Saturday, July 04, 2009

At Liberty (Fires in the Sky)

Three of us took off a bit before sundown to have a little dinner and enjoy some harbor sights and maybe catch a fireworks show we had heard rumors about.

The guy above declined to come with us. He was busy reviewing operations at the dock.

Mischa and Jenna

One of them cleverly brought coffee.

An old favorite bridge. We steamed out under it. This is near my home.

Ever wonder what happens to all that metal you recycle? At some point it probably ends up in a pile like this, waiting to be transported overseas.

For many satellite orbits, you can get the satellite into place with less rocket fuel if you launch near the equator. For this reason, Boeing and some other folks partnered up to form Sea Launch, which launches rockets from the Pacific Ocean. Most of the time it has worked fine. Sea Launch’s home port is in Long Beach.

The control ship is nearest to us in this picture. The floating launch platform is next to it. In the video linked above, you see the platform as it looks on duty, when it’s mostly submerged. (Believe it or not, damage to the floating platform in that incident was minimal.)

Our fire boat escort to the Queen Mary. Behind it, over the Palos Verdes Peninsula, you see what some people would call a blimp. It’s not a blimp in this case; it’s a dirigible. And it’s not just any dirigible, as it turns out: It’s a Zeppelin, made by the same folks who ran into a glitch in 1937 when landing in Lakehurst, New Jersey. That event made for some interesting album covers, but it set back the commercial development of passenger airships by a few decades.

Fortunately, today you can once again take a pleasure ride in one of these behemoths. This one is normally stationed at Moffett Field in Northern California, last home base of the airship Macon, which met its own untimely end in 1935, a couple of years after the loss of her sister ship, the Akron. (The Macon was christened by the wife of Mr. Moffett himself.)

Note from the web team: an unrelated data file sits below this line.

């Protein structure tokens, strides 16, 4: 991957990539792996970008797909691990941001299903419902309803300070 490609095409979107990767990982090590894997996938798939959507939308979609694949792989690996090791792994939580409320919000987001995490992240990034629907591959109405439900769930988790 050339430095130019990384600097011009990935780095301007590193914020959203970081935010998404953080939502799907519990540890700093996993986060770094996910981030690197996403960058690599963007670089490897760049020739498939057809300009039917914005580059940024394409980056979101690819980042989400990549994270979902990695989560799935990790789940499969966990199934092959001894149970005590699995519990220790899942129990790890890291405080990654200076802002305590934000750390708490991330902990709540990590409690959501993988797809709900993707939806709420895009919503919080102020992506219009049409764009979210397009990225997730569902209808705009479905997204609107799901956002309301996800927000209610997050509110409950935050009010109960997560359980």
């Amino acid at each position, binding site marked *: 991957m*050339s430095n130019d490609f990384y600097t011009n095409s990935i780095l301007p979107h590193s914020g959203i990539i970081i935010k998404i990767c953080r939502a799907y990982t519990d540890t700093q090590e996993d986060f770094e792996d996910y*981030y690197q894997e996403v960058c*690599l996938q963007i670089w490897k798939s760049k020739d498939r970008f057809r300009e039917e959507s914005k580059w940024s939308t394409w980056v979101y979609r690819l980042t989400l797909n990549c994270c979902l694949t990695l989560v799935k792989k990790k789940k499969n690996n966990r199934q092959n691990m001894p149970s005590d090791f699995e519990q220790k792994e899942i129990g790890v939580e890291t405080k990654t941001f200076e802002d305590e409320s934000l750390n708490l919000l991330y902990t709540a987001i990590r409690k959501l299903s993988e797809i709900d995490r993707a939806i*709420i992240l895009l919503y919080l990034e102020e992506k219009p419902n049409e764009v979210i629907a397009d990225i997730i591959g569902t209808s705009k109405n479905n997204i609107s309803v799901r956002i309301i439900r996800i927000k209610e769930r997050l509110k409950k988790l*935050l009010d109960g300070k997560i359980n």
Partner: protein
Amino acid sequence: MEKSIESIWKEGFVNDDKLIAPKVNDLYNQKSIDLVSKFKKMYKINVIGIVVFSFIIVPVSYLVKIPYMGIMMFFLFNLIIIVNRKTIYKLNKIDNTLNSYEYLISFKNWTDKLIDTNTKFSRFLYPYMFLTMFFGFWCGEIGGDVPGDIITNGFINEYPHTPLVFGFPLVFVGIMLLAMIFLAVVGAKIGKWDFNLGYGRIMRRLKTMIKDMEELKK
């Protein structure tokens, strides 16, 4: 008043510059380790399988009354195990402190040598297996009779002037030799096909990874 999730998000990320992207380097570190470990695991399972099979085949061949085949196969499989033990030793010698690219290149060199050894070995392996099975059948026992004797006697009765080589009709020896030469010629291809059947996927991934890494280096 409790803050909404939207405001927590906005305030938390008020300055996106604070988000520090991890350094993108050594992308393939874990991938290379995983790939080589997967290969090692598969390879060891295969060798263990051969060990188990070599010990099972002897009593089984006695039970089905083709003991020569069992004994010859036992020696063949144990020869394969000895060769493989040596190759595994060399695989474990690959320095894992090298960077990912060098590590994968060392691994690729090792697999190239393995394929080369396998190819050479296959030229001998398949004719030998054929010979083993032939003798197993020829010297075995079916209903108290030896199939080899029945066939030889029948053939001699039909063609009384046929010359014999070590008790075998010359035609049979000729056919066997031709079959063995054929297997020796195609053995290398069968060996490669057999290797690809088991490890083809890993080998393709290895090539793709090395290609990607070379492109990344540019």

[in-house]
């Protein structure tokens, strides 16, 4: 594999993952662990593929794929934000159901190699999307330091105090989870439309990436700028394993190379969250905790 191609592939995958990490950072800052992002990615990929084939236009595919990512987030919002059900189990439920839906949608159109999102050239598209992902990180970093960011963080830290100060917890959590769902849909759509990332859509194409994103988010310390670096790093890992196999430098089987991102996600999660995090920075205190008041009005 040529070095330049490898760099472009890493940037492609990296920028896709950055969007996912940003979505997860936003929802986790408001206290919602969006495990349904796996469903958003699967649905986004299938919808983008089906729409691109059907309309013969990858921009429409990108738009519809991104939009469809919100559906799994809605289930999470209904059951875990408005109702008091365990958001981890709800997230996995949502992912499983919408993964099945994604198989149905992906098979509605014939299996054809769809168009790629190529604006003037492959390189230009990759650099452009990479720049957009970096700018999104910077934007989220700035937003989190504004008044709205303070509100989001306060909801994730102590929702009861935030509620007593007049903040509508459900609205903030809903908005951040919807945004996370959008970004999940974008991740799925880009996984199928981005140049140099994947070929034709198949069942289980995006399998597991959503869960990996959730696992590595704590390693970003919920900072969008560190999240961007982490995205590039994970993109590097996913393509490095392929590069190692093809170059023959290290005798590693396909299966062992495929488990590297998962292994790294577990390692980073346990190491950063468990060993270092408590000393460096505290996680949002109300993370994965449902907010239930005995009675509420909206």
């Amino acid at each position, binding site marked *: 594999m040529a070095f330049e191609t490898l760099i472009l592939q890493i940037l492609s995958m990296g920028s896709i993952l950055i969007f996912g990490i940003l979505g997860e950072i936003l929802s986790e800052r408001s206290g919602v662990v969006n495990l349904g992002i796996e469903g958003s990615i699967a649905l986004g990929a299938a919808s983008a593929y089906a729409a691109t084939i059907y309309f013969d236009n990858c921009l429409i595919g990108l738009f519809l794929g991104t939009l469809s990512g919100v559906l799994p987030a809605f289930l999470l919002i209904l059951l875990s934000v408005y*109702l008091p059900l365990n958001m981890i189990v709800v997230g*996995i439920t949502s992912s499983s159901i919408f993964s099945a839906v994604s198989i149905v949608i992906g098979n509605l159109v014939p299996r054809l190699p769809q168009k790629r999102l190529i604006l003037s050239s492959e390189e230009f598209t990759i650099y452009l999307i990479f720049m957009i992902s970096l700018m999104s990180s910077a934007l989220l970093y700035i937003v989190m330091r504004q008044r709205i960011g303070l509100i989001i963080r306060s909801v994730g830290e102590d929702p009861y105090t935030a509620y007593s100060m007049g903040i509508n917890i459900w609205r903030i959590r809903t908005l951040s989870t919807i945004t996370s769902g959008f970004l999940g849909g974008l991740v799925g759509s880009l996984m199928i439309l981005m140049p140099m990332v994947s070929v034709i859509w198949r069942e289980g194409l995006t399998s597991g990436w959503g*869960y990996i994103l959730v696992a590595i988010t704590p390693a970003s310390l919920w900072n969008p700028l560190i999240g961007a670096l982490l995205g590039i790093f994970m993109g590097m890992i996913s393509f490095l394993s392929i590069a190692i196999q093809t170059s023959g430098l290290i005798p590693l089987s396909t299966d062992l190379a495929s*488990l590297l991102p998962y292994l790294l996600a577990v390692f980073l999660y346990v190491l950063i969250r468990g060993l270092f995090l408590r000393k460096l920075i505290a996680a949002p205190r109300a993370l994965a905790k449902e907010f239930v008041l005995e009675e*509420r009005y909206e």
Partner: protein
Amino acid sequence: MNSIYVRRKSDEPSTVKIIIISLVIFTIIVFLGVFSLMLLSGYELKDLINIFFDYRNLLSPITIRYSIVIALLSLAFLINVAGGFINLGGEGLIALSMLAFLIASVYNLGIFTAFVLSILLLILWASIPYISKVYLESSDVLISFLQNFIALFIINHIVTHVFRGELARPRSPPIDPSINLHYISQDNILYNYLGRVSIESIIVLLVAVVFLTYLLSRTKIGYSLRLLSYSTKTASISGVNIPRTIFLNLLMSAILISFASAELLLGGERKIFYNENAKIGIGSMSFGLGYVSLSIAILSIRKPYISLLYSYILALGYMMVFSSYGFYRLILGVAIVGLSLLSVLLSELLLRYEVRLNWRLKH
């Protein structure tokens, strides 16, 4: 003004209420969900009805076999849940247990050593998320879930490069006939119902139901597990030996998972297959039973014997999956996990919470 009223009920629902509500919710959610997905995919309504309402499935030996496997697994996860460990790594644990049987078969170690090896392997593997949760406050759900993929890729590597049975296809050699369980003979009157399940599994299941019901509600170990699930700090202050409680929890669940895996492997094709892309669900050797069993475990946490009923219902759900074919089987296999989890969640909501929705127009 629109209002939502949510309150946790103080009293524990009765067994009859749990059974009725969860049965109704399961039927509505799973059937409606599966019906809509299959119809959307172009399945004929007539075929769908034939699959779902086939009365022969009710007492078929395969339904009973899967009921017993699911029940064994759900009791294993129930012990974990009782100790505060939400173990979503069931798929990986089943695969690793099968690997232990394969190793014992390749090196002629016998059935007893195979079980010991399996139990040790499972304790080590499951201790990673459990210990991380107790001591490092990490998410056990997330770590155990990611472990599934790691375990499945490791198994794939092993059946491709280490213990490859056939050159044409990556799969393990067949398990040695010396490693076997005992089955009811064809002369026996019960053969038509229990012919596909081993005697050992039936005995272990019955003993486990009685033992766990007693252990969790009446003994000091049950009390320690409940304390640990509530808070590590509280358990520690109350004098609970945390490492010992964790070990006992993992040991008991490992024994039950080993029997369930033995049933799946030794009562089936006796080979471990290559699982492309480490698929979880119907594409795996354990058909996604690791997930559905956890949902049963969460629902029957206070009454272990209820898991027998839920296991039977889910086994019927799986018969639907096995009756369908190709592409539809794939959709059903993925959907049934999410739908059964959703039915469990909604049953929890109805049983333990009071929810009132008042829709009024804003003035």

This particular airship came to Southern California for the weekend, and after it finished checking out the sunset, it came back over us and hung around for the fireworks show.

The moon is illuminated here by the setting sun. Technically the sun isn’t burning; it’s undergoing a process of thermonuclear fusion, with plasma running all over and much turmoil. One way or another, it throws out a lot of lumens.

By sundown we were at anchor adjacent to the Queen Mary.

All the fire we saw in the sky was deliberate and safe. No disasters were reported.


Papa Bradstein said...

Nice. Looks like a splendid night was had by all.

Kangamoo said...

Of course he could not go with you, he looks like a crane operator and has a lot to do.

Is that Mischa like from your college days? Hi Mischa!!

Interesting ties to all things that should be flying but instead are burning up...

Fun fireworks show.

CaliforniaGirl said...

I see you found the shiny things down there.

I would not want to be up in the dirigible when someone is shooting fireworks.